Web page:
i kind of like the bezier curve noodles of QC and plogue bidules, but if you are going VVVVV style, might as well do segmented patch cables while your at it, and go for that tidy circuit board look. im glad there are not any arrows would feel to UML ish.
multiple plugs to inputs i guess applies mostly in a simple way to math/numerical patches-- e.g., plug multiple triggers with different timings to a sample and hold, create intermodulation with lfos/interpolators, things like this. of course where there's a will there's a way. granted, half-baked here.
I vote for segmented noodles, vvvv-style too. How about the ability also to recolour the noodles too? Which would make tracing what goes to where much easier. Maybe mousing-over a noodle and right-clicking could bring up a contextual 'Noodle' menu, with colour options and maybe a list of possible connections, left-clicking it would select the noodle for deletion, and double-left-clicking would select the patches at either end of the noodle. Or something.
"triggering" is why it doesn't make sense in QC -- each patch will "execute" its inputs when it needs them (due to a frame being rendered), so having 2 would make one of them lose. Everything is tied to QC's bottom-up execution model, which is why I said it doesn't make any sense.
Take a simple example:
Input Splitters A, B, and C.
Math Expression Patch, with the Expression set to "X + Y", with both A and B going to X, and C going to Y.
Then, a Sprite with Width attached to the result of the math expression.
When this composition executes, it starts with the sprite. It notices that the sprite needs its width calculated, so it travels up the noodle, to the Math Expression patch, and tries to execute that. The math expression patch needs its X and Y inputs calculated, so it travels up the noodles, and executes the splitters, which provide value. Both A and B will be executed "at the same time" (relative to QCs frame time), so only one of them will ever take effect.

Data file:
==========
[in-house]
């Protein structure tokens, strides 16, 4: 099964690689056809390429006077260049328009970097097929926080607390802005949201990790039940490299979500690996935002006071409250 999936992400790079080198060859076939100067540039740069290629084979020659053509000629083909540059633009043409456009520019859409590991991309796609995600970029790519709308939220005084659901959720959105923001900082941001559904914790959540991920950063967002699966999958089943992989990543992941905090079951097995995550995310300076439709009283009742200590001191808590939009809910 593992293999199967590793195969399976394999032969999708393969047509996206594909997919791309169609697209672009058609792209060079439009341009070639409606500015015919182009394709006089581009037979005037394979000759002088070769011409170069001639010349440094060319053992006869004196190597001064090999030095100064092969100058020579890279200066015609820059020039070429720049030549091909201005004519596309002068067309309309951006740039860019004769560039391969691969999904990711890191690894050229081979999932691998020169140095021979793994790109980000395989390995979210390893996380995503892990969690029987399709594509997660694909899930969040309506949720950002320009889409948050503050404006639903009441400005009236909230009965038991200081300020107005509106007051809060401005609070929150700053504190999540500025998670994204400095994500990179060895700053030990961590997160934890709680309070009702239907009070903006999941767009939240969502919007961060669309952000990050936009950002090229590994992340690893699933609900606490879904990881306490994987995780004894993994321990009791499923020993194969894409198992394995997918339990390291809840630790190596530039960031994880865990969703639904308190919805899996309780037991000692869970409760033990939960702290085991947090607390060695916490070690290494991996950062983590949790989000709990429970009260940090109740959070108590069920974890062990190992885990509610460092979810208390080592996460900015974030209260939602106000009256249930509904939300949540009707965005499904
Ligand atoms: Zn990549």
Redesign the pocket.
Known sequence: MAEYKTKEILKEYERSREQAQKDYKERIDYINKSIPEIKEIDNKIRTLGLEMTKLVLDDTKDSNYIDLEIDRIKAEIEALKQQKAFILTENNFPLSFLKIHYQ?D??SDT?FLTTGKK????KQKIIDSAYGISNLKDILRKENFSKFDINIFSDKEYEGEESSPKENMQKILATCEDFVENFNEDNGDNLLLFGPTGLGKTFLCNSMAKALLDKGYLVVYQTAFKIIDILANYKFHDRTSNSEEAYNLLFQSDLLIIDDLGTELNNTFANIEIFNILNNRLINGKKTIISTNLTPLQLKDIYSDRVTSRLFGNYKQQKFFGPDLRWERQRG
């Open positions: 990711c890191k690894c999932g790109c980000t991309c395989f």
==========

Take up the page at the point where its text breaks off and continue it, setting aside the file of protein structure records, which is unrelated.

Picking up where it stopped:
If it was top down (what you're probably think it is), splitters would shove out values all the time, or randomly, or based on some other criteria. The math expression would add whatever it was fed last, and output that to the sprite, which would render when it got input. This way, if A or B didn't provide anything, something cool could still happen.
The latter case also sucks incomprehensibly: let's say you have a core image filter chain that's 60 filters long, and extra extra slow. And then you disable the sprite that it's attached to. top down will execute those filters right up to the sprite, wasting all that processing time for nothing. (Developer's Note: CoreImage is actually lazy-eval too, so having a bunch of filters that never render wouldn't actually be that expensive.. there's some overhead from patch execution+bookkeeping, but that's about it). QC Doesn't work this way because it's not as efficient (though it's handy for some cases, especially audio where stuff flows in, and then has to be processed as it arrives.)
thanks so much for the detailed explanation. really helpful.